In corporate news, RBS (down 3.35%) paced declines following reports that the government is lining up to sell a large part of its 70% stake in the bank this week. Dixons Carphone (down 20.74%) was the day’s biggest faller after the company reported a 24% drop in annual profits, and a further expected fall of 21% in the company year. Vedanta (down 0.58%) was also in the red – but well off earlier lows – as it was ordered to permanently close its South Indian copper smelting plant, where anti-expansion protestors were killed by police last week.

Serviced office provider IWG (up 2.56%) was among the day’s gainers on news that Prime Opportunities Investment had made a cash offer for the company that was rejected, prompting AlphaValue to upgrade IWG to a ‘buy’ rating. It was joined by precious metals miner Fresnillo (up 3.12%), who topped the day’s gainers through risk-averse trading.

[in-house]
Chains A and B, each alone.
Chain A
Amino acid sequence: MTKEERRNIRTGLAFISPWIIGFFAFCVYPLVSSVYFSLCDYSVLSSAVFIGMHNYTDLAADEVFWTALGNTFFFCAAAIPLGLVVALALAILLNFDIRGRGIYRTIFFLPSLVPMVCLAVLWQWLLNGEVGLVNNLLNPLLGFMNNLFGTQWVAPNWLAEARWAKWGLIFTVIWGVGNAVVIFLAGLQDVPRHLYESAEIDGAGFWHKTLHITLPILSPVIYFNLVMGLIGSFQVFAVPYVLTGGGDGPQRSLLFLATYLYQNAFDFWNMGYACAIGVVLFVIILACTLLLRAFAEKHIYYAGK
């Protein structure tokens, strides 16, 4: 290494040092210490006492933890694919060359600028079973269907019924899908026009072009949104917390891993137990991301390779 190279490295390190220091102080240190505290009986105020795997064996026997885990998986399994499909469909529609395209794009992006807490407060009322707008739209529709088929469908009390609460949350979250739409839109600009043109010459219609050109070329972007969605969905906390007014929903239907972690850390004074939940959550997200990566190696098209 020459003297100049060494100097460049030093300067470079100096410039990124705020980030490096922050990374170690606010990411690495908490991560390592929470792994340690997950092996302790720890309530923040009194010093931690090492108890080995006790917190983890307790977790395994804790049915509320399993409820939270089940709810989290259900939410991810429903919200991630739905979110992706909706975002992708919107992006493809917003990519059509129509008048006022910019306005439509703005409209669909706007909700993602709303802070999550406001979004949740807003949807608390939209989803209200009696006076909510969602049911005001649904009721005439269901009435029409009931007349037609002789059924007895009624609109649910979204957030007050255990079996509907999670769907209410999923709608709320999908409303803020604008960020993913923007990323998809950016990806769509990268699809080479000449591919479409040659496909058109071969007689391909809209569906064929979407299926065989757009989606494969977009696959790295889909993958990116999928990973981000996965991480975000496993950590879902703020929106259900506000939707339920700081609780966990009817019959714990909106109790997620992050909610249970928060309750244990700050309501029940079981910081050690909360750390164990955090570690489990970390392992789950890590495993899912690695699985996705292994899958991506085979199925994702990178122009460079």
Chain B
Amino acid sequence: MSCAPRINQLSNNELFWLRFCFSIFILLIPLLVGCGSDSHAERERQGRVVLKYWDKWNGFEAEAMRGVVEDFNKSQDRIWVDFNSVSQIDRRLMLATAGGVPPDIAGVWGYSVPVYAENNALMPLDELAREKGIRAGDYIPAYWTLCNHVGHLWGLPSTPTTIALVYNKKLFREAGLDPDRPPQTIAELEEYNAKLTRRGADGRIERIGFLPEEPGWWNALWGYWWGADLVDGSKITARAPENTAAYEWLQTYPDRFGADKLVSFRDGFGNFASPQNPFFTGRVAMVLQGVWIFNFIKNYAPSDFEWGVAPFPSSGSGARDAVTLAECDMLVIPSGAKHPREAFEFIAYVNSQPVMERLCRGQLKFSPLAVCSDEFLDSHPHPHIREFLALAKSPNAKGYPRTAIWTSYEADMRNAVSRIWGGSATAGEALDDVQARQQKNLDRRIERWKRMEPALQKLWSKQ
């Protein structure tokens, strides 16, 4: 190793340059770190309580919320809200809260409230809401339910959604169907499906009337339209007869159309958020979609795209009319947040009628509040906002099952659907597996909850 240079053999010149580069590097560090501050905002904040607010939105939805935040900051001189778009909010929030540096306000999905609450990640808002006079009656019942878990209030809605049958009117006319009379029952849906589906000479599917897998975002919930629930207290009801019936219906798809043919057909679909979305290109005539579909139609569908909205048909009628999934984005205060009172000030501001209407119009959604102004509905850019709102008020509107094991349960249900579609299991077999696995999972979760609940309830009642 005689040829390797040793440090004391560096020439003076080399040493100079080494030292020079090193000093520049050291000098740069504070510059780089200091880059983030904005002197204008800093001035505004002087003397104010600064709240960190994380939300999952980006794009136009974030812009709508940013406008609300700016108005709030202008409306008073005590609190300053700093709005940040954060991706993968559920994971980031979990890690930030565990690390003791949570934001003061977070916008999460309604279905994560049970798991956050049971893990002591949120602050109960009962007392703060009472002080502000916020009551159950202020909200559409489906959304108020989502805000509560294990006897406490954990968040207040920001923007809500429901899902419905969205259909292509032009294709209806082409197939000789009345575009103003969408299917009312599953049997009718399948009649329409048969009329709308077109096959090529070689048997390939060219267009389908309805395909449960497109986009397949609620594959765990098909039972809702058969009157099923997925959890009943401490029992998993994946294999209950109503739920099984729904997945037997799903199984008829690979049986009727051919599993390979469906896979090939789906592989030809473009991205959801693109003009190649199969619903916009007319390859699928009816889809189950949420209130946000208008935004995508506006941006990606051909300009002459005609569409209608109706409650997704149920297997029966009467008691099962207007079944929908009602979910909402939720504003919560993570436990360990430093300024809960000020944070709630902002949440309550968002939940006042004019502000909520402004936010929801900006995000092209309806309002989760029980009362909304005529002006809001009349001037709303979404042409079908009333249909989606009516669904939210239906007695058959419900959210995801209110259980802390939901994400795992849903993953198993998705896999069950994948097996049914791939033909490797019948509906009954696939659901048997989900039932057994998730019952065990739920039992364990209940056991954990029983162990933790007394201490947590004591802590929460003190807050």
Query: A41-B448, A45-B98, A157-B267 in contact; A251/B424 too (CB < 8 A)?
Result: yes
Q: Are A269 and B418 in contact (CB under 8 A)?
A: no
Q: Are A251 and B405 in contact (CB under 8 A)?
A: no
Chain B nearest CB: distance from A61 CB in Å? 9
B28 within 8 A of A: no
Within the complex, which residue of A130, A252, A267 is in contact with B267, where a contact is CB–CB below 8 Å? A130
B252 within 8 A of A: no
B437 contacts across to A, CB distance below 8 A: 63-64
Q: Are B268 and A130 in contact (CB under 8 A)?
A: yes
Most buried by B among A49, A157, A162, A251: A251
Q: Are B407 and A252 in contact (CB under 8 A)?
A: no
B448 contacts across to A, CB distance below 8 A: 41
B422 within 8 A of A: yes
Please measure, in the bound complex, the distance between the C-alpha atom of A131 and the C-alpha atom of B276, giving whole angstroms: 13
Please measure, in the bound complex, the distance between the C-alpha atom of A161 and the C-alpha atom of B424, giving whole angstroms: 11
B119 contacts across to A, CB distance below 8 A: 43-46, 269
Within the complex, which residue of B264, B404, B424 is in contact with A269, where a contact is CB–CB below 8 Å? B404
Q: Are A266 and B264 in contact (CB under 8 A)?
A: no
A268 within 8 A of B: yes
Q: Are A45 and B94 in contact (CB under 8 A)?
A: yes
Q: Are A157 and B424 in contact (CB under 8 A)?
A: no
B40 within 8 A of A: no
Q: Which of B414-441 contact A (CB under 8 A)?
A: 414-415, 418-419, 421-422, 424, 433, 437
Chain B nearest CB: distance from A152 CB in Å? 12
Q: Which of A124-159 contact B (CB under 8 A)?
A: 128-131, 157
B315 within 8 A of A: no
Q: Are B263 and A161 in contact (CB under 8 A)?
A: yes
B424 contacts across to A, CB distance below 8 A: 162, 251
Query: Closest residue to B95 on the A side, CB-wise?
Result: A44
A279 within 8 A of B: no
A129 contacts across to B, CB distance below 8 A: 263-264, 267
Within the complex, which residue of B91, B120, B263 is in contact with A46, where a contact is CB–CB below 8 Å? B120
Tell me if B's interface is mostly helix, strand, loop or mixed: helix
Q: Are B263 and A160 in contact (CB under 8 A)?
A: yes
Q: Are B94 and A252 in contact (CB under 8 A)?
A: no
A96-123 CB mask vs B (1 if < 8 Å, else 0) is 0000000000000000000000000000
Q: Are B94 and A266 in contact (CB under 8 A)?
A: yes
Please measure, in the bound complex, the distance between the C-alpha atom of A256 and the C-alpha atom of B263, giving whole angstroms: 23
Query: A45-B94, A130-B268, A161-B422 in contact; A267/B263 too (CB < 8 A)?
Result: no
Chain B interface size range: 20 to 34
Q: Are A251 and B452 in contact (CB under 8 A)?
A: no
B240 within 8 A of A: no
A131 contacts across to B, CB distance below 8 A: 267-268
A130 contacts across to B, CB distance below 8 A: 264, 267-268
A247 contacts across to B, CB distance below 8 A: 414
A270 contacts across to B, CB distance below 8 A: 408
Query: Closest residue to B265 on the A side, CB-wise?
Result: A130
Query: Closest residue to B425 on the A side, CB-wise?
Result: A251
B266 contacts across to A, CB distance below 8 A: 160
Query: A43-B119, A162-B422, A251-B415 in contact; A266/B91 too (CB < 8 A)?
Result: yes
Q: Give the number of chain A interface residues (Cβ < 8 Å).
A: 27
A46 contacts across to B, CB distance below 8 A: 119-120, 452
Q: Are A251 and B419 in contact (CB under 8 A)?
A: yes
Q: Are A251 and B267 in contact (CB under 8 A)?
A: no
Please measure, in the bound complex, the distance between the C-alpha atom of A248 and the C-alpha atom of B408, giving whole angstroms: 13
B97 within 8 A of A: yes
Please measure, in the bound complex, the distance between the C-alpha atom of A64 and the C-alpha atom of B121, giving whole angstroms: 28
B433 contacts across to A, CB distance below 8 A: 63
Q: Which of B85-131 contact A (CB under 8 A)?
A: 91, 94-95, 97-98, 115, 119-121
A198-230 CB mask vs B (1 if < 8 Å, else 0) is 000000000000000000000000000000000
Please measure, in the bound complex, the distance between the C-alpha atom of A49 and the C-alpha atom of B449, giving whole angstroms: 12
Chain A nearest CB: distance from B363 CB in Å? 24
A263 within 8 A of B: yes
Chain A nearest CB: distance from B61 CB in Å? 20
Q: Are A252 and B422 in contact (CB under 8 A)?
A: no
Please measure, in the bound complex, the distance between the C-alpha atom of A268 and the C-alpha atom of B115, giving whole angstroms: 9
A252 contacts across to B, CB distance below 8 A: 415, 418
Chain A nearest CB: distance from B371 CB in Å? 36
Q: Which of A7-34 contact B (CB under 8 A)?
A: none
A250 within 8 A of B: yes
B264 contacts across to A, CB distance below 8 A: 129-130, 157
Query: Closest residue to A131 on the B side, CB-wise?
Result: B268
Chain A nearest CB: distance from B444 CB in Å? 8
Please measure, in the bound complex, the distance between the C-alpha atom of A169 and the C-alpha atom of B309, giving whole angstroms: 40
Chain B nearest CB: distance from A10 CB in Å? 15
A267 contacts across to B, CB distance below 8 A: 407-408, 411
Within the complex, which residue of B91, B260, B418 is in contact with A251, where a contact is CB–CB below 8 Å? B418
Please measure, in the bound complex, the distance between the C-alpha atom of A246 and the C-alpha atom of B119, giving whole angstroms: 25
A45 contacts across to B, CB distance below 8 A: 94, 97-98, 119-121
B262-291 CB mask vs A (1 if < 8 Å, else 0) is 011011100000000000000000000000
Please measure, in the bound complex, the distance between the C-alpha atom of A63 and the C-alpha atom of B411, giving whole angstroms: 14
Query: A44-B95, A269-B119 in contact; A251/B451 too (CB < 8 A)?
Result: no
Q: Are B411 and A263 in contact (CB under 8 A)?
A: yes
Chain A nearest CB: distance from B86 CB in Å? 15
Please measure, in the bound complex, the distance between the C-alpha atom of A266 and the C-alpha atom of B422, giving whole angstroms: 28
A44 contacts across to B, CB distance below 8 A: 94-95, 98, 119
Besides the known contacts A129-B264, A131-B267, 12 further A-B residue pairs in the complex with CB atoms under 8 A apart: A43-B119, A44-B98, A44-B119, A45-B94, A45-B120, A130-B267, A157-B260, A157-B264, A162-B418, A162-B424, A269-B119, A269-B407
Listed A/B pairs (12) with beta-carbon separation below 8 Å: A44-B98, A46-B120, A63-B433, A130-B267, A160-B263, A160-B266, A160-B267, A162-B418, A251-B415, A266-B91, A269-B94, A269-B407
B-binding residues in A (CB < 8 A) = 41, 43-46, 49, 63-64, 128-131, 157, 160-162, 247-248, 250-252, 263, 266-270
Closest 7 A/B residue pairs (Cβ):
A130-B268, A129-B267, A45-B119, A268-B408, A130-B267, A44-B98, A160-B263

De La Rue
LondonMetric Property
Telford Homes
Trans-Siberian Gold

Barr (A.G.)
BlackRock Latin American Inv Trust
Crusader Resources Limited (DI)
Circassia Pharmaceuticals
EU Supply
Frenkel Topping Group
Judges Scientific
K3 Business Technology Group
PJSC PhosAgro GDR (Regs)
Royal Bank of Scotland Group
Safestyle UK
Old Mutual

Nexus Infrastructure
Oxford Metrics

Int. Economic Announcements
(07.00) Import Price Index (GER)
(07.00) Retail Sales (GER)
(09.00) Unemployment Rate (GER)
(10.00) Business Climate Indicator (EU)
(10.00) Consumer Confidence (EU)
(10.00) Economic Sentiment Indicator (EU)
(10.00) Industrial Confidence (EU)
(10.00) Services Confidence (EU)